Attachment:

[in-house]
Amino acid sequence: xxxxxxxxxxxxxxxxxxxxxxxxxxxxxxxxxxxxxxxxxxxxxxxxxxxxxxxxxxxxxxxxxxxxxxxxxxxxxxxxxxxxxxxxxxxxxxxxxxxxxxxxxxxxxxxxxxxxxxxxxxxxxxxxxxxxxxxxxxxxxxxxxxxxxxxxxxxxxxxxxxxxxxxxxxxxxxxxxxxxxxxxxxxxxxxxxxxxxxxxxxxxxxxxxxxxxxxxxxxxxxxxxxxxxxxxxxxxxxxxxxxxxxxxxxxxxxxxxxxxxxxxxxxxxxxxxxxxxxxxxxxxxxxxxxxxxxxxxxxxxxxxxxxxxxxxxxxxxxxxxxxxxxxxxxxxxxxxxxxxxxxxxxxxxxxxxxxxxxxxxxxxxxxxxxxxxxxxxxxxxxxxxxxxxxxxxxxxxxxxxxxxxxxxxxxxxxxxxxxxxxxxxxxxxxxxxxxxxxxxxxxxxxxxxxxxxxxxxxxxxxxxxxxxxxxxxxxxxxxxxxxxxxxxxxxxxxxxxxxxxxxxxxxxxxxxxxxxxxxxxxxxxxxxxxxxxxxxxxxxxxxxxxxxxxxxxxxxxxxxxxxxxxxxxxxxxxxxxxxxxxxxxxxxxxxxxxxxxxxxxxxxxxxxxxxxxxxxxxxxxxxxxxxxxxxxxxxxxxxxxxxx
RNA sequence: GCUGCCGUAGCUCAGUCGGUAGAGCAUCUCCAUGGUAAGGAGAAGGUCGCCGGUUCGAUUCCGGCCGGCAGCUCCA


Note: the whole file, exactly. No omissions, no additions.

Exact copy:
[in-house]
Amino acid sequence: xxxxxxxxxxxxxxxxxxxxxxxxxxxxxxxxxxxxxxxxxxxxxxxxxxxxxxxxxxxxxxxxxxxxxxxxxxxxxxxxxxxxxxxxxxxxxxxxxxxxxxxxxxxxxxxxxxxxxxxxxxxxxxxxxxxxxxxxxxxxxxxxxxxxxxxxxxxxxxxxxxxxxxxxxxxxxxxxxxxxxxxxxxxxxxxxxxxxxxxxxxxxxxxxxxxxxxxxxxxxxxxxxxxxxxxxxxxxxxxxxxxxxxxxxxxxxxxxxxxxxxxxxxxxxxxxxxxxxxxxxxxxxxxxxxxxxxxxxxxxxxxxxxxxxxxxxxxxxxxxxxxxxxxxxxxxxxxxxxxxxxxxxxxxxxxxxxxxxxxxxxxxxxxxxxxxxxxxxxxxxxxxxxxxxxxxxxxxxxxxxxxxxxxxxxxxxxxxxxxxxxxxxxxxxxxxxxxxxxxxxxxxxxxxxxxxxxxxxxxxxxxxxxxxxxxxxxxxxxxxxxxxxxxxxxxxxxxxxxxxxxxxxxxxxxxxxxxxxxxxxxxxxxxxxxxxxxxxxxxxxxxxxxxxxxxxxxxxxxxxxxxxxxxxxxxxxxxxxxxxxxxxxxxxxxxxxxxxxxxxxxxxxxxxxxxxxxxxxxxxxxxxxxxxxxxxxxxxxxxxxxxx
RNA sequence: GCUGCCGUAGCUCAGUCGGUAGAGCAUCUCCAUGGUAAGGAGAAGGUCGCCGGUUCGAUUCCGGCCGGCAGCUCCA